Lilibeth Cuenca Rasmussen
The Sons of God
Clemens von Wedemeyer
Gunvor Nervold Antonsen
Malin Pettersson Oberg
Jóhan Martin Christiansen
Anne Guro Larsmon
Lise Bjorne Linnert
Warren S Neidich
Vilde Salhus Roed
Nadia Josefiina el Said
Marie Boye Thomsen
Aki Turunen (FI)
Stijn Van Dorpe
Barbara Eva Catherina Zavodnik
The Spring Exhibition is one of the most important open submission exhibitions in Northern Europe, it presents 54 artists from around the world. The Clemens von Wedemeyer's exhibition takes the shape of a four-part film festival, digging increasingly deeper back into the artist's career. Also, the first block of the Research Programme has been created by Sarah Pierce, who has developed a series of projects inspired by the seminal anthropological film Chronique d'un ete.
The Spring Exhibition 2011
5 March - 25 April
The Spring Exhibition is one of the most important open submission exhibitions in Northern Europe, and has been held annually at Charlottenborg since 1857. Submissions can be made by artists of any nationality and country of residence, and may fall into a wide range of genres associated with visual art, architecture, crafts and design.
The Spring Exhibition has long been one of the highlights of the annual programme at Charlottenborg, and has played a central role in the latter’s identity as an artists’ house. The 2011 exhibition presents 54 artists from around the world. The geographic spread is particularly large this year – an ongoing trend, and one that reflects our era of global communication.
The Spring Exhibition is organised by the Charlottenborg Fonden in association with the Kunsthal, and is selected by a jury consisting of artists and other arts professionals from Scandinavia and beyond. The jury for 2011 consists of the artist and curator Kirstine Roepstorff (DK, chair), the artists Thora Dolven Balke (NO) and Johanna Billing (SE), and the curators René Block (DE) and Leevi Haapala (FI).
Ayman Alazraq (PAL), Peter Anders (DE), Gunvor Nervold Antonsen (NO), Marko Bandobranski (SE) & Tomas Stark (SE), Marisa Baptista (PT) & Nuno Barreiras (PT), Sébastien Berthier (FR) & Malin Pettersson Öberg (SE) & Shirin Sabahi (IR), Andrea Bianconi (IT), Jan Bowman (GB), Jóhan Martin Christiansen (FO), Panagiotis Dimitropoulos (GR), Rasmus Eckhardt (DK), Mani Ghodratnama (IR), Stefan Haase (DE), Pato Hebert (US), Anne Herzblut (DE), Helen Hughes (IE), Ann Jacobs (DK), Heidi-Anett (NO) & Lena Katrine (NO), Annette Kierulf (NO), Päivi Koskinen (FI), Riikka Kuoppala (FI), Anne Guro Larsmon (NO), Siri Lidbeck (SE), Anna Liljedal (SE), Lise Bjørne Linnert (NO), Joanna Lombard (SE), Emilie Lundstrøm (DK), Jumana Manna (PAL), Wasma Mansour (SA), Shahar Marcus (IL), Antonio Micciché (IT), Maximilian Moll (DE), Miri Mor (IL), Warren S Neidich (US), Yotaro Niwa (DE), Antonis Pittas (GR / NL), Vilde Salhus Røed (NO), Nadia Josefiina el Said (DK), Rui Sasaki (JP), Tommy Sveningsson (SE), Marie Boye Thomsen (DK), Christian Tonner (DE), Aki Turunen (FI), Stijn Van Dorpe (BE), Vigga Vangsgaard (DK), Wouter Verbeylen (BE), Jason Wallengren (US), Barbara Eva Catherina Zavodnik (SI), Simone Ærsøe (DK).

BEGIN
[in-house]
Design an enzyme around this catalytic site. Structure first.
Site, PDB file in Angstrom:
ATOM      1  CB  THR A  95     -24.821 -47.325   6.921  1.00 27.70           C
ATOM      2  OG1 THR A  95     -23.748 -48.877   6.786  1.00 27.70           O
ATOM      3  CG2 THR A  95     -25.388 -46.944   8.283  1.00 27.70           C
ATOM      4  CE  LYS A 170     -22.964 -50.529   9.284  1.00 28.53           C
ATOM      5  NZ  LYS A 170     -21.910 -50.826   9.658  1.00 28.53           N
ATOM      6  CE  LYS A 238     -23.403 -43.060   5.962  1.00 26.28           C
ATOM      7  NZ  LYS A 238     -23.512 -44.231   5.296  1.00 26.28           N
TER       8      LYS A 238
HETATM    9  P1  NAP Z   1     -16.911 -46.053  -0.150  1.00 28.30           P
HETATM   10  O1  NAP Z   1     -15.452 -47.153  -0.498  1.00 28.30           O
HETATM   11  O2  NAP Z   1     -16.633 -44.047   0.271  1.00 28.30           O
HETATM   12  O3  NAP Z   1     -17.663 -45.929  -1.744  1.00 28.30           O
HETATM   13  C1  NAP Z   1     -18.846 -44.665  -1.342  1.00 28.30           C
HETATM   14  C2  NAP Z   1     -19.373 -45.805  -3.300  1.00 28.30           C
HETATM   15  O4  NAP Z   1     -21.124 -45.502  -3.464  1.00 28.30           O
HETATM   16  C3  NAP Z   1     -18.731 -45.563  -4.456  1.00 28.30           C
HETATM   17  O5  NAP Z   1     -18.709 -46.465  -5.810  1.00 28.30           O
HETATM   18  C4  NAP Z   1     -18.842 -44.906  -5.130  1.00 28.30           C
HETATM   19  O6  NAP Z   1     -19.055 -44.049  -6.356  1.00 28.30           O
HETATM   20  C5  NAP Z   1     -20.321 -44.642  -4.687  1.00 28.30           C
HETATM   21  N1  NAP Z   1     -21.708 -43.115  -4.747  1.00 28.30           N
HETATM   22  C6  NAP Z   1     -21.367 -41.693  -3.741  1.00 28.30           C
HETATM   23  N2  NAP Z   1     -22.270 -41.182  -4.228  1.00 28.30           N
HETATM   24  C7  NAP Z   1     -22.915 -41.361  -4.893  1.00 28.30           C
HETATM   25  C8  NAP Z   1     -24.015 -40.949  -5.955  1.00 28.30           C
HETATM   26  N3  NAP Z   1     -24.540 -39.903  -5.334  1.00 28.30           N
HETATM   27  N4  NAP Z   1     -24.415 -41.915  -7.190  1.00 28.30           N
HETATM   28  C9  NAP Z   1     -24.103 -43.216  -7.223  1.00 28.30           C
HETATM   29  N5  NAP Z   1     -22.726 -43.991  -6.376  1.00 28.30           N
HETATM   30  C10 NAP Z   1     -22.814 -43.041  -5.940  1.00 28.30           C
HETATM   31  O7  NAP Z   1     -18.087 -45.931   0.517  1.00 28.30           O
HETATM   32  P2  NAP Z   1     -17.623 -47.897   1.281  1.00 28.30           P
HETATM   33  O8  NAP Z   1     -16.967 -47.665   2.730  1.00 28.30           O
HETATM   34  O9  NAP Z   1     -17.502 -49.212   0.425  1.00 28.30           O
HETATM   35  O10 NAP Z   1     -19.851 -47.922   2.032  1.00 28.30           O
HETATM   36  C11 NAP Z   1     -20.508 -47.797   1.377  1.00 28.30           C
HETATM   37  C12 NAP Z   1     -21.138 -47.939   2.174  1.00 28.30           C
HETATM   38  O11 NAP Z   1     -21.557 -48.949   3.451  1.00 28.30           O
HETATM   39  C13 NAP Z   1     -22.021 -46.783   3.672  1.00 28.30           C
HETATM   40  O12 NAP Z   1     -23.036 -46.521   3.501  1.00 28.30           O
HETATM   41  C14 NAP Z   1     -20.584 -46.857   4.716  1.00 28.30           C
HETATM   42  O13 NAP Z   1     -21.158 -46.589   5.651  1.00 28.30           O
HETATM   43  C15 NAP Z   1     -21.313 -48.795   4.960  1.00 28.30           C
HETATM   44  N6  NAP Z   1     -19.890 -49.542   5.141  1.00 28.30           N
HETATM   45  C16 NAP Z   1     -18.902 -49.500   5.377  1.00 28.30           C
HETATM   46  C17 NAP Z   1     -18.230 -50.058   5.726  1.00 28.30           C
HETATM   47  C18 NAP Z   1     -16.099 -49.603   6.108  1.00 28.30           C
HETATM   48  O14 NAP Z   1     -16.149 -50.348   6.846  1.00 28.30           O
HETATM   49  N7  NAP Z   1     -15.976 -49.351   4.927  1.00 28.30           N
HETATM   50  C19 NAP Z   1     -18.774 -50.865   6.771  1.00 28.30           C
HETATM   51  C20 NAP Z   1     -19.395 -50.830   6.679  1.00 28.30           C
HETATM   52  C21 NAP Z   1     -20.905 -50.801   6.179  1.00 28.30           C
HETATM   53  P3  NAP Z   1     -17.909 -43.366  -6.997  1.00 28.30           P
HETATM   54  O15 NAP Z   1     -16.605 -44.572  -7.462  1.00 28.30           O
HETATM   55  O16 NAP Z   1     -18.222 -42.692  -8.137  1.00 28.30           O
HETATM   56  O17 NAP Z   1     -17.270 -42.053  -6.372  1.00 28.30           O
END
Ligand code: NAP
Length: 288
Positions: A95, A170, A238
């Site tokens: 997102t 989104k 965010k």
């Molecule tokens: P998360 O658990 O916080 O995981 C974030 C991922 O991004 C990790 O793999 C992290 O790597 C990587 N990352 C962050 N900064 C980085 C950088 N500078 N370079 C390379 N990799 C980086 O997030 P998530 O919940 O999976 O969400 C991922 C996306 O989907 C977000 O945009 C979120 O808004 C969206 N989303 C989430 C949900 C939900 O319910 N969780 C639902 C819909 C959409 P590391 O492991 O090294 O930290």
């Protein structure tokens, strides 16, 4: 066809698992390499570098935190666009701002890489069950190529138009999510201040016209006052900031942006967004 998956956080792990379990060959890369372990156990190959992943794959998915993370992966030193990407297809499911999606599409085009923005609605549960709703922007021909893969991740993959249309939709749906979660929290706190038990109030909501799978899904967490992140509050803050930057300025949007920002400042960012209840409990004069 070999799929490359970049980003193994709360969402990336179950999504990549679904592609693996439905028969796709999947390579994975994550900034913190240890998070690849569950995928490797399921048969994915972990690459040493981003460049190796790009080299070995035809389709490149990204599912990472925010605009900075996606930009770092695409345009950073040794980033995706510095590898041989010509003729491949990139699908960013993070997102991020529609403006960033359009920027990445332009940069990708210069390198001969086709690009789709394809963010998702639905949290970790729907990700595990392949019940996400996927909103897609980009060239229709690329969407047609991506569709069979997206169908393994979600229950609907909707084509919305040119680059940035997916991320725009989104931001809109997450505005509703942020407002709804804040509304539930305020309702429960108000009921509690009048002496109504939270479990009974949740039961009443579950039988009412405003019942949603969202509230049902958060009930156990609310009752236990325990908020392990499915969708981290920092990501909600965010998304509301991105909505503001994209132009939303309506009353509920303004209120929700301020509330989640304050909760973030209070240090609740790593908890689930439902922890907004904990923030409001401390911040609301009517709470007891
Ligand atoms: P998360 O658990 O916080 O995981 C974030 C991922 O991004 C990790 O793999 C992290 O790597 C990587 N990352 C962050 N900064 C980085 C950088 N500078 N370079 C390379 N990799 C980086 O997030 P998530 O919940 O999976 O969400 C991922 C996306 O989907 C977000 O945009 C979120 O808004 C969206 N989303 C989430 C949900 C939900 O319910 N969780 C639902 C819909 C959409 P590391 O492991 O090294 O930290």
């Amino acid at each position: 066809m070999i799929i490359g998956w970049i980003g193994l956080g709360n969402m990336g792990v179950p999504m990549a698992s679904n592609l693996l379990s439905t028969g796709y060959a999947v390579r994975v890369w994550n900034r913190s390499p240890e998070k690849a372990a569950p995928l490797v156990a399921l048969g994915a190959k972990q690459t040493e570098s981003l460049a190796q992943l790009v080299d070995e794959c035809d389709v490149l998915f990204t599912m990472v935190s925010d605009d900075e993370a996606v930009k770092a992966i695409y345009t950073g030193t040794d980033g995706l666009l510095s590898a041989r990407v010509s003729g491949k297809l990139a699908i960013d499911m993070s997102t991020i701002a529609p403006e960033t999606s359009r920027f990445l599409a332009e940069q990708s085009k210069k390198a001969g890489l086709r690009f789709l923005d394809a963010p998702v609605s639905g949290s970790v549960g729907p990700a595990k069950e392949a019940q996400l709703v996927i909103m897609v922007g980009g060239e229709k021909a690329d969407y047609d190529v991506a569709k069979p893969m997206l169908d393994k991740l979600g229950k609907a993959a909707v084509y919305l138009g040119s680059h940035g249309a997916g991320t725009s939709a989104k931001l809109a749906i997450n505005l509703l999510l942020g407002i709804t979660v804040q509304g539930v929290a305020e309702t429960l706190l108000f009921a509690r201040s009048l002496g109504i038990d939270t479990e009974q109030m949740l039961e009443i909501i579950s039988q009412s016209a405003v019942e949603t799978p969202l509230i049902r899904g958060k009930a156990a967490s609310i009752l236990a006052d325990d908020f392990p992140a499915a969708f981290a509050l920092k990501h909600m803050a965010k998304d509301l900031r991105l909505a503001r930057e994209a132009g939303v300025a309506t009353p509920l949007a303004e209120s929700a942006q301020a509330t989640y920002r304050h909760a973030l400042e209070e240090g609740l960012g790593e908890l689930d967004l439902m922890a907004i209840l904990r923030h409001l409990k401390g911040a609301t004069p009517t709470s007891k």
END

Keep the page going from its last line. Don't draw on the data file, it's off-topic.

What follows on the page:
The Jury Award
The jury has nominated ten artists for the Jury award. The award recognises the utmost artistic quality and contemporary relevance and will presented to an artist, whose work/s has made a special impact on the jury. With the award comes a cash prize and a statement from the jury. The winner will be announced on the opening night Thursday 3 March at 9.30pm and the prize handed over by the chairman of the jury.
The ten nominated for the Jury Award:
Gunvor Nervold Antonsen (NO), Sébastien Berthier (FR) & Malin Pettersson Öberg (SE) & Shirin Sabahi (IR), Mani Ghodratnama (IR), Helen Hughes (IE), Riikka Kuoppala (FI), Anne Guro Larsmon (NO), Joanna Lombard (SE), Jumana Manna (PAL), Wasma Mansour (SA), Shahar Marcus (IL).